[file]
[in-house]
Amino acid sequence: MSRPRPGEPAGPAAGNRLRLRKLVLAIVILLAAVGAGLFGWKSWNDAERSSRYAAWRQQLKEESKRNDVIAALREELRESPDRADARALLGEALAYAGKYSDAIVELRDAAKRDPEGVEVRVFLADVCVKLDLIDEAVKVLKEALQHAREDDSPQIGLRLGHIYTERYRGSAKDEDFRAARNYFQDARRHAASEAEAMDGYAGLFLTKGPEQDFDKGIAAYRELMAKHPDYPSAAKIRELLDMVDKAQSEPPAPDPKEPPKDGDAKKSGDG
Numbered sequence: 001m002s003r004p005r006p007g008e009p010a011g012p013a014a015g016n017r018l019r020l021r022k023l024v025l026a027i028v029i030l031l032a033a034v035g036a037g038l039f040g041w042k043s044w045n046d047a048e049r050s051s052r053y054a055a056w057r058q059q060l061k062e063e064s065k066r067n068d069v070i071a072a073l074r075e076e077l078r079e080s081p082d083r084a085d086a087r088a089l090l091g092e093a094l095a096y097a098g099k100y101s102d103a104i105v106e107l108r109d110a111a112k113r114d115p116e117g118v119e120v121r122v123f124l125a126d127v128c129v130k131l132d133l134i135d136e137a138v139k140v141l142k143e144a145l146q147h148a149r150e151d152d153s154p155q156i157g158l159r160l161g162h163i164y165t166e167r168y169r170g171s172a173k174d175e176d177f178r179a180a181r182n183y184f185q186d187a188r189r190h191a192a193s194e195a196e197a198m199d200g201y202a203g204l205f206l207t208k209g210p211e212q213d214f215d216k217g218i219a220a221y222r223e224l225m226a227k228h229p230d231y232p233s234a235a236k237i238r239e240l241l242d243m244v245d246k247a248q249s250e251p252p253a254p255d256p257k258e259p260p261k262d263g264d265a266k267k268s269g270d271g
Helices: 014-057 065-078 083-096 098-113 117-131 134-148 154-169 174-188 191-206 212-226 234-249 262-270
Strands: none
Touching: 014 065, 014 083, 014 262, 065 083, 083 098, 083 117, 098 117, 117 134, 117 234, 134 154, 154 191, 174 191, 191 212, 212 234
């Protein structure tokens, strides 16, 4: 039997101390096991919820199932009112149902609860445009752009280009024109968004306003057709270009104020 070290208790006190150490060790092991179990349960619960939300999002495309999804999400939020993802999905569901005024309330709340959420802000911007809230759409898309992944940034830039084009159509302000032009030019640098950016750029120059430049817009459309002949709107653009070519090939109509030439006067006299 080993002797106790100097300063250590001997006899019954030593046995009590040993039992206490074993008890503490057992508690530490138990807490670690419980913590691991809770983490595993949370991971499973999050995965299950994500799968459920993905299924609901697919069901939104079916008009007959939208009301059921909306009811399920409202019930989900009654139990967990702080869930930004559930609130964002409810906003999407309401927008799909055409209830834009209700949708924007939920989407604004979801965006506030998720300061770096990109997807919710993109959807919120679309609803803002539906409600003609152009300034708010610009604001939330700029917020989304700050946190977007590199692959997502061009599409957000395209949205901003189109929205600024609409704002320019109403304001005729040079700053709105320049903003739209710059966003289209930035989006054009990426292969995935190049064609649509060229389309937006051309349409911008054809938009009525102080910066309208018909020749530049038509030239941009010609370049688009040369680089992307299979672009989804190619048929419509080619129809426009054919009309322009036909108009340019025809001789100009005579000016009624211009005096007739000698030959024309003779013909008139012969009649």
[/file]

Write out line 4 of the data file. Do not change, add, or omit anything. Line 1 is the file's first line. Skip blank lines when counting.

Helices: 014-057 065-078 083-096 098-113 117-131 134-148 154-169 174-188 191-206 212-226 234-249 262-270